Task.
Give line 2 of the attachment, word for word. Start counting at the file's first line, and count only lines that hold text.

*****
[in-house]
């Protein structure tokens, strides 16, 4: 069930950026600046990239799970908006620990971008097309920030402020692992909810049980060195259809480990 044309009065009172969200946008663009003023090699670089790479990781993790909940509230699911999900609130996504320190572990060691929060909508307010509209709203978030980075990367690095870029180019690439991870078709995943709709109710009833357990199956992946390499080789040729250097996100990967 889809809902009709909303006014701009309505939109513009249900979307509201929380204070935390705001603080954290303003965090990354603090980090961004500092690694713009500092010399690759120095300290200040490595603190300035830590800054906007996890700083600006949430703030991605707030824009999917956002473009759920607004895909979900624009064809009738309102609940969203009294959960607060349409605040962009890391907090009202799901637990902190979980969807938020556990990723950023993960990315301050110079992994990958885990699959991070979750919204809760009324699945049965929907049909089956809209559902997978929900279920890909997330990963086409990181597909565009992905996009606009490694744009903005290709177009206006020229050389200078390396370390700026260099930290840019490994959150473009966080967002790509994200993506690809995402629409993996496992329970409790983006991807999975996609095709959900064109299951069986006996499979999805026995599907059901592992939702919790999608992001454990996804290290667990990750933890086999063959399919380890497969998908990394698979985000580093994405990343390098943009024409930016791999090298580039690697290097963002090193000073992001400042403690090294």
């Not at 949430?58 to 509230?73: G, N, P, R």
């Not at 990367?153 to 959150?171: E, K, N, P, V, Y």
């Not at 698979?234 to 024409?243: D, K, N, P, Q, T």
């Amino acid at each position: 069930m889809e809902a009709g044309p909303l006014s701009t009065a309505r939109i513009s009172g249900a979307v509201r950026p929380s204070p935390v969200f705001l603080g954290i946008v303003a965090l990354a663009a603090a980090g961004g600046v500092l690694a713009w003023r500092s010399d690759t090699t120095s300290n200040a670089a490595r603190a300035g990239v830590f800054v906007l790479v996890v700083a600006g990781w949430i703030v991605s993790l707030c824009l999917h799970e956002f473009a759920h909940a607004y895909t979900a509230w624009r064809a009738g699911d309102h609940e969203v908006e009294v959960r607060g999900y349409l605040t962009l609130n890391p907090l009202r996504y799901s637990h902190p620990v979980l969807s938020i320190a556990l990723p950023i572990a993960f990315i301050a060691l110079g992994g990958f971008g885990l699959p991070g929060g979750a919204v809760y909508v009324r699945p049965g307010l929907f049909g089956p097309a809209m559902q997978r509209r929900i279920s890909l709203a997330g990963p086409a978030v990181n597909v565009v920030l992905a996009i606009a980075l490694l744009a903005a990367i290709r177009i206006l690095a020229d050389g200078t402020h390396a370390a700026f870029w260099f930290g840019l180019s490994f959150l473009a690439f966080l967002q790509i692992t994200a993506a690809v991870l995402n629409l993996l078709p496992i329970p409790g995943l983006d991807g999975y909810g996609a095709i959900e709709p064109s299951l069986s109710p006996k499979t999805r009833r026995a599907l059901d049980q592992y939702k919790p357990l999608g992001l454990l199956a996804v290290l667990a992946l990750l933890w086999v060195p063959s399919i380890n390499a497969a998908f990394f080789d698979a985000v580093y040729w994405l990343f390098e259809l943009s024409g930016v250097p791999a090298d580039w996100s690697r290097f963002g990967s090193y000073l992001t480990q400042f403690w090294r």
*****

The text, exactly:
């Protein structure tokens, strides 16, 4: 069930950026600046990239799970908006620990971008097309920030402020692992909810049980060195259809480990 044309009065009172969200946008663009003023090699670089790479990781993790909940509230699911999900609130996504320190572990060691929060909508307010509209709203978030980075990367690095870029180019690439991870078709995943709709109710009833357990199956992946390499080789040729250097996100990967 889809809902009709909303006014701009309505939109513009249900979307509201929380204070935390705001603080954290303003965090990354603090980090961004500092690694713009500092010399690759120095300290200040490595603190300035830590800054906007996890700083600006949430703030991605707030824009999917956002473009759920607004895909979900624009064809009738309102609940969203009294959960607060349409605040962009890391907090009202799901637990902190979980969807938020556990990723950023993960990315301050110079992994990958885990699959991070979750919204809760009324699945049965929907049909089956809209559902997978929900279920890909997330990963086409990181597909565009992905996009606009490694744009903005290709177009206006020229050389200078390396370390700026260099930290840019490994959150473009966080967002790509994200993506690809995402629409993996496992329970409790983006991807999975996609095709959900064109299951069986006996499979999805026995599907059901592992939702919790999608992001454990996804290290667990990750933890086999063959399919380890497969998908990394698979985000580093994405990343390098943009024409930016791999090298580039690697290097963002090193000073992001400042403690090294």